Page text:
Do-it-yourself gifts get a bad rap. Looking down on them as either cheap substitutes for store-bought gifts or too complicated, people often overlook homemade Christmas gifts as a source for delivering holiday cheer. But there are tons of ideas for handmade gifts your friends and family will love.
And there’s solid science to back up going the DIY route. Often, the best gifts aren’t about the cost. Instead, it’s the sentiment that adds the value. A 2015 study published in the Journal of Personality and Social Psychology found that the pleasure that comes from getting something new declines over time, but the sentimental value does not.
Plus, not only are DIY gifts special and unique, done right, they can save you money. Assuming you have a few basic tools, like scissors or a glue gun, you can do many of them for under $10 — some for under $5.
Finally, tons of DIY gift ideas are so simple to make even a DIY newbie can pull them off. You don’t need to know how to sew or crochet, bake, or do extensive carpentry. Nor do these ideas require any out-of-the-ordinary tools, like a vinyl cutting machine or a miter saw — just the kinds of common craft supplies many people already have plus a few basic supplies you can pick up at the dollar store, craft store, or grocery store.
So, whether you’re looking to save a little money on gifts this holiday season, need some creative DIY stocking stuffer ideas, or want to give friends and family something that comes from the heart, there are plenty of options for DIY gifts for every person on your holiday list.
DIY Christmas Gifts for Everyone
From holiday gifts for moms and dads to grandparents, aunts, uncles, siblings, and even boyfriends and girlfriends, there are dozens of ideas for handmade gifts for everyone on your list. Plus, there’s nothing resembling a macaroni necklace or hard-as-a-brick fruitcake in sight.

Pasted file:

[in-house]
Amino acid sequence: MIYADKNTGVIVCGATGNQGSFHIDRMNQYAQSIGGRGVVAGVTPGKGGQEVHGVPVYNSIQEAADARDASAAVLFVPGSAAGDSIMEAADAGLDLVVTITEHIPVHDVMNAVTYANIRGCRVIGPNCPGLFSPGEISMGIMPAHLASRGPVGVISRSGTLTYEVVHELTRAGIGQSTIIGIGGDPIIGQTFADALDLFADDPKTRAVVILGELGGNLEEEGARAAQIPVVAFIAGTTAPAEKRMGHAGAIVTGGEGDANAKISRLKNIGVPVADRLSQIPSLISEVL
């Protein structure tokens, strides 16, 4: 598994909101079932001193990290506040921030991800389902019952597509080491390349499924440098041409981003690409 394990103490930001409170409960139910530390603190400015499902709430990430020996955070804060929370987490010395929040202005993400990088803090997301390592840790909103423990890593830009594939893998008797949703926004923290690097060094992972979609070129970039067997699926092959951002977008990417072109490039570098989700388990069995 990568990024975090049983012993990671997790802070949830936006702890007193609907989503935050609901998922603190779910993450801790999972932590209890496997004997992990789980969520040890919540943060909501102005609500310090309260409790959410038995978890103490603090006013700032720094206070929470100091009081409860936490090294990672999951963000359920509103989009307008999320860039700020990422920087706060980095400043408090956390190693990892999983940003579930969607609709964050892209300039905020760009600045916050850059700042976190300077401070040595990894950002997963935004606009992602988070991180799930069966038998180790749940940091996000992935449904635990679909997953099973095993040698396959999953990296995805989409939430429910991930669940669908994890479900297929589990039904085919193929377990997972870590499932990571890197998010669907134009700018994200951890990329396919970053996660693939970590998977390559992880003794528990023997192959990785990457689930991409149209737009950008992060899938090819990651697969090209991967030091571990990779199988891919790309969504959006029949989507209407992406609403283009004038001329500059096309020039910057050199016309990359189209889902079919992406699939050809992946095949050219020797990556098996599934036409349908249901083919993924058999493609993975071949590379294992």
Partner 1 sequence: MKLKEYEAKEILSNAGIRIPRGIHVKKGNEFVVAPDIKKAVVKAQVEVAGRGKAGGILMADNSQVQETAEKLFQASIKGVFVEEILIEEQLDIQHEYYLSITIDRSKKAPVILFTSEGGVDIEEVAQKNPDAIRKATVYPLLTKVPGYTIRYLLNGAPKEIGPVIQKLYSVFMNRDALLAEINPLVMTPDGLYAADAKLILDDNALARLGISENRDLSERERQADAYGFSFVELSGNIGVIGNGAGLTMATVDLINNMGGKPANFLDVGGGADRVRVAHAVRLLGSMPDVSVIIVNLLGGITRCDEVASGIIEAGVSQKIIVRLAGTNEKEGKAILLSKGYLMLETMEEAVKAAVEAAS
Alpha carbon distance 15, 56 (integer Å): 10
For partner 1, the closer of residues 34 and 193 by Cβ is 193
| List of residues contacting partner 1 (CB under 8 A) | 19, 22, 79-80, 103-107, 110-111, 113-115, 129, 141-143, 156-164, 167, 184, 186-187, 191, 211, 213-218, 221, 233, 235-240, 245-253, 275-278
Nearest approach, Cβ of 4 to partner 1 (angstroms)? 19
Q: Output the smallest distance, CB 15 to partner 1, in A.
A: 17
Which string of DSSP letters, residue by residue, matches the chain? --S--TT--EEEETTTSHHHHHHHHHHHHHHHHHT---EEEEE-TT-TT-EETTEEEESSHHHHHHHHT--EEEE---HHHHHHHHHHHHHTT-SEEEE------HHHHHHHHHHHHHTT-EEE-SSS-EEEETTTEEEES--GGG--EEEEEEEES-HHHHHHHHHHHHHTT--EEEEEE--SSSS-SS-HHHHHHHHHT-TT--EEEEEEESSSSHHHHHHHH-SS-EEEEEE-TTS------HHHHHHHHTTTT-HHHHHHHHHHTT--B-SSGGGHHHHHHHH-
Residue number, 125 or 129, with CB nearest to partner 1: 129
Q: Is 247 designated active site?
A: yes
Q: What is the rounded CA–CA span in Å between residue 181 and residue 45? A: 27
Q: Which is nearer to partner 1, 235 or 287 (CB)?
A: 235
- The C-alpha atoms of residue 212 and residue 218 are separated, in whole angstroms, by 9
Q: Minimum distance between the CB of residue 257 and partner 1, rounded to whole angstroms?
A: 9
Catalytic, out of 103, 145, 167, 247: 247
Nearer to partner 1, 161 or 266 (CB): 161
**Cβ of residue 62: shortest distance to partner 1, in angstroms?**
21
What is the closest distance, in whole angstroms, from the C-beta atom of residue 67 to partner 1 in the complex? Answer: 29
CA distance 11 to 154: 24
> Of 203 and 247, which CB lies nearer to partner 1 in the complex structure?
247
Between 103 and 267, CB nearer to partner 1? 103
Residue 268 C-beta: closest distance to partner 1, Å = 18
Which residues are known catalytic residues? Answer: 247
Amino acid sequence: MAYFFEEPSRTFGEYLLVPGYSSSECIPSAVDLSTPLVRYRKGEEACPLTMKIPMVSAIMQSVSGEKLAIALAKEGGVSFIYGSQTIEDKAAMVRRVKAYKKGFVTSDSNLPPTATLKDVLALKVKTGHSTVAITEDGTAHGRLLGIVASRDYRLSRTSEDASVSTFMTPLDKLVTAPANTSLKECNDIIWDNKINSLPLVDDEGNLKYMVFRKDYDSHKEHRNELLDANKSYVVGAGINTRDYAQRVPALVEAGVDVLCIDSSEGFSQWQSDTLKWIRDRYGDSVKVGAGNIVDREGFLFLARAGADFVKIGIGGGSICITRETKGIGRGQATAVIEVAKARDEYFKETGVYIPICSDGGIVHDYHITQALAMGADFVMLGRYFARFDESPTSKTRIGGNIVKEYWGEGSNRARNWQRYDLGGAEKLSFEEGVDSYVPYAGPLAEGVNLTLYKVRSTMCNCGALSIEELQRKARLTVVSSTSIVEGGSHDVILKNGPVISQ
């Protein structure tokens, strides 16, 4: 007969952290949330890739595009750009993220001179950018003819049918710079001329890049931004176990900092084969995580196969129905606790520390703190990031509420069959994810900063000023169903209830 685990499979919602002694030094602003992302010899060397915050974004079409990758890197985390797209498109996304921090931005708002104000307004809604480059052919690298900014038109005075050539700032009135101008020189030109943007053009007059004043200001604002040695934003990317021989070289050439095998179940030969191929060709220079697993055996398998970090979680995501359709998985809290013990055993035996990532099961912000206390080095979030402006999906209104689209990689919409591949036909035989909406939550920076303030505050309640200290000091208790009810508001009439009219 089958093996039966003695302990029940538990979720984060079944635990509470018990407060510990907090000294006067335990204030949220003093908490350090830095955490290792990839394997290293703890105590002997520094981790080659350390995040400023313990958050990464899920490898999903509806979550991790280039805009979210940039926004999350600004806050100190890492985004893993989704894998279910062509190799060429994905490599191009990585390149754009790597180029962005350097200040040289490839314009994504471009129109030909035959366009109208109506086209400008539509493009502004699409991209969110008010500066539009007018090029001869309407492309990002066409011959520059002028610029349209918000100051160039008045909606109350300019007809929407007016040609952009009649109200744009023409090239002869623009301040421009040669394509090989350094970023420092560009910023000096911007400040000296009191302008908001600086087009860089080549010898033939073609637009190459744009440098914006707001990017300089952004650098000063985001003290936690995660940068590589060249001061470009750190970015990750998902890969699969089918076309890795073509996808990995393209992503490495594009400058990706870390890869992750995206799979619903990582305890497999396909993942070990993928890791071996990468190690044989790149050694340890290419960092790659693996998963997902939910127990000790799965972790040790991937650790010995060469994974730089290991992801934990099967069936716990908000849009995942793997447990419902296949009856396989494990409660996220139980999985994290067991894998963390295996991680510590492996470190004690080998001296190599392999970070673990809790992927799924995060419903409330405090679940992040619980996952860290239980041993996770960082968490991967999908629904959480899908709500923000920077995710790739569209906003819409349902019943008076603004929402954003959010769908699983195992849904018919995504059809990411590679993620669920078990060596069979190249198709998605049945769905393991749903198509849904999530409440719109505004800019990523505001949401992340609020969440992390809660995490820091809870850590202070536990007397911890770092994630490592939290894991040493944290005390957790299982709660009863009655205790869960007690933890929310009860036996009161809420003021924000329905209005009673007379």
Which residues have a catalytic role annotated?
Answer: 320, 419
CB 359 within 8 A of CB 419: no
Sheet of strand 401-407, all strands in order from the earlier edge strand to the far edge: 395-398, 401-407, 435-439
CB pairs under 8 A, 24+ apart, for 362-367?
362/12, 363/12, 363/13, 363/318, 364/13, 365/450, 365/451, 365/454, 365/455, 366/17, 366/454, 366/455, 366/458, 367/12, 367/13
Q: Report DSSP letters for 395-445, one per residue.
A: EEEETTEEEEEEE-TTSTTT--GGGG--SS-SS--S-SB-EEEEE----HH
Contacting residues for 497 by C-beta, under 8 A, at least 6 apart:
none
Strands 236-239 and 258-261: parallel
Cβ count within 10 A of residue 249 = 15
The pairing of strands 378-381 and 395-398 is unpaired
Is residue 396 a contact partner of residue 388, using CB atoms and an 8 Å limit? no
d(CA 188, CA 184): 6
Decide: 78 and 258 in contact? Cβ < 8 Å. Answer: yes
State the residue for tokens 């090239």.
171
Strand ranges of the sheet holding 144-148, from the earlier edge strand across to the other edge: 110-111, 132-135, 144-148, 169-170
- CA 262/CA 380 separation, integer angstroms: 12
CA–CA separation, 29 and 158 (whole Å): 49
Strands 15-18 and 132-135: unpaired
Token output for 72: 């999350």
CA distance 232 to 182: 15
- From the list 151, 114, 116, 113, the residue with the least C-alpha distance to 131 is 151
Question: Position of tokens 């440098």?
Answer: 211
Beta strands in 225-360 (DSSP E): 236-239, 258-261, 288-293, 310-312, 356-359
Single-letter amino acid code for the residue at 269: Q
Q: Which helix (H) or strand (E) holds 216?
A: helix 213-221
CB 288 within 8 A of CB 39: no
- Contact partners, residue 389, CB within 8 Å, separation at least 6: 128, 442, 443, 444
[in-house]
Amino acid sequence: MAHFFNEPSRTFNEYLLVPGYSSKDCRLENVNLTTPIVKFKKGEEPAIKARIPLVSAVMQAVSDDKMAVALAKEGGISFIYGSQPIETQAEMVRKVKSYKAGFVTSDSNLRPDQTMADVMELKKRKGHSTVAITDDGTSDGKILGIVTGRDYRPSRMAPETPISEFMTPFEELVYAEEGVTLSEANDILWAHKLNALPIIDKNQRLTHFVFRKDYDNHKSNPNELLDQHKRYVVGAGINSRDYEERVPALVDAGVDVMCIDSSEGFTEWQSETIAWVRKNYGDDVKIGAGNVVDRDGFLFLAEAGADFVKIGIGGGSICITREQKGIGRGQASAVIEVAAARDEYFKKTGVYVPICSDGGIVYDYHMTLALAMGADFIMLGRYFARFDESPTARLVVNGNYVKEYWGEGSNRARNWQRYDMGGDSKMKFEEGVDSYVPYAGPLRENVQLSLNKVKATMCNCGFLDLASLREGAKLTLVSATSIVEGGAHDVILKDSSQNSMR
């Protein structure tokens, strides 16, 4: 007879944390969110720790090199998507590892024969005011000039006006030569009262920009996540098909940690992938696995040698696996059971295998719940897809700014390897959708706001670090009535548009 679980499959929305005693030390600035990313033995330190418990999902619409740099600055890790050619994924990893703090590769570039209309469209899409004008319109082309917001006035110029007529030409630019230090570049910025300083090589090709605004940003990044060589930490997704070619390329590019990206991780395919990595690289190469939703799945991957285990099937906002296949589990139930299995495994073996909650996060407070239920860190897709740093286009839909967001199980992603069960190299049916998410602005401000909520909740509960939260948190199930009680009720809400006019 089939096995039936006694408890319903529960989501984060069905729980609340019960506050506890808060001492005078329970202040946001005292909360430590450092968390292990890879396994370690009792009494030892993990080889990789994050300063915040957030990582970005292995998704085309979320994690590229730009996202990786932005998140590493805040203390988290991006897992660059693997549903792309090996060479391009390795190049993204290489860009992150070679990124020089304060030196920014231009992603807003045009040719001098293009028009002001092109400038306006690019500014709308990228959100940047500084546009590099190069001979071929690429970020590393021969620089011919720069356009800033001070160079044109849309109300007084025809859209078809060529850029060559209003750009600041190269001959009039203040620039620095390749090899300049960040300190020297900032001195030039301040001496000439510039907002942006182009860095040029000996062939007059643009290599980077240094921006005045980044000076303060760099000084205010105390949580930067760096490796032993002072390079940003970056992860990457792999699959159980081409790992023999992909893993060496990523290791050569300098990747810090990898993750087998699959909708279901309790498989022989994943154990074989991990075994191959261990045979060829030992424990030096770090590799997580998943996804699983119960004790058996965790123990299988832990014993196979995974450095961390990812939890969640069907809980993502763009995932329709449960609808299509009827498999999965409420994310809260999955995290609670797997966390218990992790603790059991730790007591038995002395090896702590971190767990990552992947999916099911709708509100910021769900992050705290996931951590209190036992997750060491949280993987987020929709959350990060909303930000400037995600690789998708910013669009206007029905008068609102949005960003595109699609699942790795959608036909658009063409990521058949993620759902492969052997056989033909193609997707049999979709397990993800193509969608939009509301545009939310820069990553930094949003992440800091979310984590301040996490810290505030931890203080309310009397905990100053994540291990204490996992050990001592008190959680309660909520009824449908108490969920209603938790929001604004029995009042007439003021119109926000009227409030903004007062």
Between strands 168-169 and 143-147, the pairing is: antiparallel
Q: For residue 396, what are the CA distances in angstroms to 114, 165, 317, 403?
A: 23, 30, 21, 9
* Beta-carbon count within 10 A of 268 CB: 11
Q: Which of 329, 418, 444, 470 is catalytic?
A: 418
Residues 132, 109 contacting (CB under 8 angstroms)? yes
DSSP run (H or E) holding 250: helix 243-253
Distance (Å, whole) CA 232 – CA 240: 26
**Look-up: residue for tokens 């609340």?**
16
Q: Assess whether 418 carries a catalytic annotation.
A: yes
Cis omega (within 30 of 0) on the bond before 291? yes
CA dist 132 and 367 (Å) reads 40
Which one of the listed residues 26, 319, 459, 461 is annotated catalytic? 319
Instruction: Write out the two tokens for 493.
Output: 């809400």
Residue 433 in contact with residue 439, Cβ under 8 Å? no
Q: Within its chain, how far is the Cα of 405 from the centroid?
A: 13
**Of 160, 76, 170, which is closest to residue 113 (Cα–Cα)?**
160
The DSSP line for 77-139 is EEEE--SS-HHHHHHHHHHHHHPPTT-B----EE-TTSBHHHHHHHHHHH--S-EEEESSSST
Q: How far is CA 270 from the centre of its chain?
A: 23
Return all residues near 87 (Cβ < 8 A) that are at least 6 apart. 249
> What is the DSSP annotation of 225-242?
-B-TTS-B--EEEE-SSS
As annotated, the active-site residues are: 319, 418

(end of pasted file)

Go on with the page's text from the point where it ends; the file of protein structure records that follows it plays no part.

Homemade Bath & Body Gifts
Homemade bath and body products are beloved by everyone. After all, who couldn’t use a little R&R? Plus, they’re simple and quick to make — even kids can do it.
1. Gingerbread Bath Salts
This recipe gives a relaxing bath soak a fun and festive twist. But you can easily alter the ingredients to make any scent you want. Simply replace the gingerbread spices with 15 to 20 drops of essential oil, such as lavender.
Yields: 3 cups
- 1 large bowl
- 1 whisk
- 2 cups Epsom salts
- 1/2 cup sea salt
- 1/2 cup baking soda
- 1 teaspoon cinnamon
- 2 teaspoons ground ginger
- 1 teaspoon ground nutmeg
- 1 (25-ounce) Mason jar with a hinged lid
- 1 decorative gift tag
- Hole punch (optional)
- In the large bowl, whisk the Epsom salts, sea salt, baking soda, cinnamon, ginger, and nutmeg until the spices are evenly distributed.
- Pour the bath salts into the jar, and seal the lid.
- Write the following instructions on the back of your decorative gift tag: “Dissolve 1/2 cup in bathwater,” and then thread it onto a festive ribbon (use a hole punch to create a hole for the ribbon if your tag doesn’t have one). Tie the ribbon around the neck of the jar.
Note: Dandelion Paper on Etsy has some cute options for gingerbread gift tags.
2. Candy Cane Sugar Scrub
This recipe uses a peppermint scent and a layering effect for a seasonal take on a moisturizing, exfoliating scrub. The coconut oil solidifies at room temperature — that’s one of the benefits of using it in this recipe. It keeps the candy cane layers from combining. When your recipient uses it, the warmth of their hands melts the oil.
Yields: 3 cups
- 1 large microwave-safe bowl
- 3/4 cup refined coconut oil
- 3 cups granulated sugar
- 1 wooden spoon
- 10 – 15 drops peppermint essential oil
- 1 medium glass or stainless steel bowl
- Red food coloring
- 1 (25-ounce) Mason jar with a hinged lid
- 1 decorative gift tag
- In the large microwave-safe bowl, microwave the coconut oil in 30-second increments until just melted.